What registries reveal on child onset MS
ECTRIMS Online Library. Magyari M. 09/13/19; 279534; 271
Dr. Melinda Magyari
Dr. Melinda Magyari
Contributions
Abstract

Abstract: 271

Type: Scientific Session

Abstract Category: Scientific Session 11: Registry-based MS research

M. Magyari1,2

1Danish Multiple Sclerosis Center, Copenhagen University Hospital, Rigshospitalet, 2The Danish Multiple Sclerosis Registry, Copenhagen University Hospital, Rigshospitalet, Copenhagen, Denmark

Clinical manifestations of multiple sclerosis (MS) before the age of 18 years are uncommon with an incidence before the age of 18 years varying between countries from 2.7 to 10 %. When reporting epidemiological measures, use of reliable data sources is crucial. There is a growing number of MS registries and databases and the distribution of the demographic and clinical characteristics depends on the size and completeness of the presented cohort. In addition, the organisation of paediatric MS care should be taken into consideration when comparing median age at clinical milestones in different populations, as the age definition of paediatric onset varies between 15-18 years in different countries. A Danish nationwide population-based study from 2017 reported an incidence rate onset MS before the age of 18 years of 0.79/100,000, accounting for 2.3% of the total Danish MS population between 1977-2015, with an higher incidence seen around puberty, especially in girls.
Relatively little is known about the use of disease-modifying therapy (DMT) in children and adolescents with MS. An increasing number of DMTs are now available, but due to the limited number of randomized clinical trials and subsequent approved indication in children, several are being used off-label for children. The number of studies, which characterize the clinical features of the paediatric onset MS and describe the patterns of DMT utilisation in patients who started DMT before the age of 18 years in a well-defined population, is limited. Only few observational studies have reported national experiences on treatment of the paediatric MS population. Due to the small sample size of the national or regional paediatric MS populations, collaborative projects are important to provide answers on drug specific effectiveness. Longitudinal follow-up studies of efficacy and safety of DMT initiated before the age of 18 years would provide physicians with greater confidence in starting DMT early in children.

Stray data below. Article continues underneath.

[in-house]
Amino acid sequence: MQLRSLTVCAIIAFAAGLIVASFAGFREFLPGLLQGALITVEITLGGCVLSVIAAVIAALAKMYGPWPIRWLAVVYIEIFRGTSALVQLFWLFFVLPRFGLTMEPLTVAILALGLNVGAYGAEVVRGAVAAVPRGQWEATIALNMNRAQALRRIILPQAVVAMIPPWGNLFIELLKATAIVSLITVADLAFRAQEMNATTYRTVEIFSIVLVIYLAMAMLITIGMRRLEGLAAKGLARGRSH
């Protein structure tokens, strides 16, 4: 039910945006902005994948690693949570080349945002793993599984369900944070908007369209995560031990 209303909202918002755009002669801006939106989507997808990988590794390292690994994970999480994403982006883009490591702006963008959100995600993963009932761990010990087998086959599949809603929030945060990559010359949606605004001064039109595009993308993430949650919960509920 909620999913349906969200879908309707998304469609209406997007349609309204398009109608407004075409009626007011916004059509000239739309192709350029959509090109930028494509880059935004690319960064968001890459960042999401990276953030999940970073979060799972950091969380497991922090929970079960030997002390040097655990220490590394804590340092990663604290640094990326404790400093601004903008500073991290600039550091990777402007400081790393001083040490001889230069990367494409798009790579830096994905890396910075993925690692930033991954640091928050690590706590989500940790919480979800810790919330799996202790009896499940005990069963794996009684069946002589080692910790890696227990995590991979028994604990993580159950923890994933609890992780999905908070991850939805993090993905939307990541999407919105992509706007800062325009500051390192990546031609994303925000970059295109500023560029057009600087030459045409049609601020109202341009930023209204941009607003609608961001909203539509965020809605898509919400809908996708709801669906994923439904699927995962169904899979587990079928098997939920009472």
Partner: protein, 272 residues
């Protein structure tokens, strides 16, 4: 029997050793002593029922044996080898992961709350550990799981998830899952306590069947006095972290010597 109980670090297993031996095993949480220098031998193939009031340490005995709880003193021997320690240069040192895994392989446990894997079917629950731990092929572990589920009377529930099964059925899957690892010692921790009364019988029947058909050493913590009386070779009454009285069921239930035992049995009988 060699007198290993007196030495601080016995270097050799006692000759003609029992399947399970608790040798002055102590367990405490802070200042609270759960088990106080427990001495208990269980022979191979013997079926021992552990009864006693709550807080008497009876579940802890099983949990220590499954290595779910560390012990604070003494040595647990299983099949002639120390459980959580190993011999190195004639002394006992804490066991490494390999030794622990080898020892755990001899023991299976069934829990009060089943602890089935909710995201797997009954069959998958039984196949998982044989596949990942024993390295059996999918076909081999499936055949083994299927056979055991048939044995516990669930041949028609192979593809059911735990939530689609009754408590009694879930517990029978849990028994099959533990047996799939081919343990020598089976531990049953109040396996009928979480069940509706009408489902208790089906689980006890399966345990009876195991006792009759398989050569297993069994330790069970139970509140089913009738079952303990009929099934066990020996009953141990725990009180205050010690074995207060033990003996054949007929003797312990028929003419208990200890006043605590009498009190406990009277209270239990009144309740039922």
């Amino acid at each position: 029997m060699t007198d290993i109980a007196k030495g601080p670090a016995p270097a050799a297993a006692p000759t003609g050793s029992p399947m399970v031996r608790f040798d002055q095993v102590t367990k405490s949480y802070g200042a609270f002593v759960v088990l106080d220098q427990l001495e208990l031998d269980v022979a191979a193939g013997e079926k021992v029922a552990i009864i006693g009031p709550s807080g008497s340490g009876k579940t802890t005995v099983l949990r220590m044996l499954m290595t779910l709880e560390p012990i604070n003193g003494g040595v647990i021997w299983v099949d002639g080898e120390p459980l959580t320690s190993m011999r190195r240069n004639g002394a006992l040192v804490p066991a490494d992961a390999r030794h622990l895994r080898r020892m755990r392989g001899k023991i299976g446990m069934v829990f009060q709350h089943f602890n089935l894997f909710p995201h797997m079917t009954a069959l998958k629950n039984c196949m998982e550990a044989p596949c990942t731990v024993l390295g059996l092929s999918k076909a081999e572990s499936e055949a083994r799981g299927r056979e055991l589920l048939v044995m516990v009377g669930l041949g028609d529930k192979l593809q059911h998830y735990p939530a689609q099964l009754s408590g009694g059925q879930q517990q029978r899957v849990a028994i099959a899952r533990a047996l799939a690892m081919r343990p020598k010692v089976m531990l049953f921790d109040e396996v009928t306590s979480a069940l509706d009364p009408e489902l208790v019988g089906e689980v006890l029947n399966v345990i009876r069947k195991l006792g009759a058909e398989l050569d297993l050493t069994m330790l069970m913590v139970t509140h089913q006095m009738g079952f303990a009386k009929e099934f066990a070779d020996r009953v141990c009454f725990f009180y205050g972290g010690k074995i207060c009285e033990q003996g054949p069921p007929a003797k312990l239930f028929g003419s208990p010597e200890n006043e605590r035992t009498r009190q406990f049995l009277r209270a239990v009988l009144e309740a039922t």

Disclosure: Melinda Magyari has served on scientific advisory board for Biogen, Sanofi, Teva, Roche, Novartis, Merck, has received honoraria for lecturing from Biogen, Merck, Novartis, Sanofi, Genzyme, has received research support and support for congress participation from Biogen, Genzyme, Teva, Roche, Merck, Novartis.

Abstract: 271

Type: Scientific Session

Abstract Category: Scientific Session 11: Registry-based MS research

M. Magyari1,2

1Danish Multiple Sclerosis Center, Copenhagen University Hospital, Rigshospitalet, 2The Danish Multiple Sclerosis Registry, Copenhagen University Hospital, Rigshospitalet, Copenhagen, Denmark

Clinical manifestations of multiple sclerosis (MS) before the age of 18 years are uncommon with an incidence before the age of 18 years varying between countries from 2.7 to 10 %. When reporting epidemiological measures, use of reliable data sources is crucial. There is a growing number of MS registries and databases and the distribution of the demographic and clinical characteristics depends on the size and completeness of the presented cohort. In addition, the organisation of paediatric MS care should be taken into consideration when comparing median age at clinical milestones in different populations, as the age definition of paediatric onset varies between 15-18 years in different countries. A Danish nationwide population-based study from 2017 reported an incidence rate onset MS before the age of 18 years of 0.79/100,000, accounting for 2.3% of the total Danish MS population between 1977-2015, with an higher incidence seen around puberty, especially in girls.
Relatively little is known about the use of disease-modifying therapy (DMT) in children and adolescents with MS. An increasing number of DMTs are now available, but due to the limited number of randomized clinical trials and subsequent approved indication in children, several are being used off-label for children. The number of studies, which characterize the clinical features of the paediatric onset MS and describe the patterns of DMT utilisation in patients who started DMT before the age of 18 years in a well-defined population, is limited. Only few observational studies have reported national experiences on treatment of the paediatric MS population. Due to the small sample size of the national or regional paediatric MS populations, collaborative projects are important to provide answers on drug specific effectiveness. Longitudinal follow-up studies of efficacy and safety of DMT initiated before the age of 18 years would provide physicians with greater confidence in starting DMT early in children.
Disclosure: Melinda Magyari has served on scientific advisory board for Biogen, Sanofi, Teva, Roche, Novartis, Merck, has received honoraria for lecturing from Biogen, Merck, Novartis, Sanofi, Genzyme, has received research support and support for congress participation from Biogen, Genzyme, Teva, Roche, Merck, Novartis.

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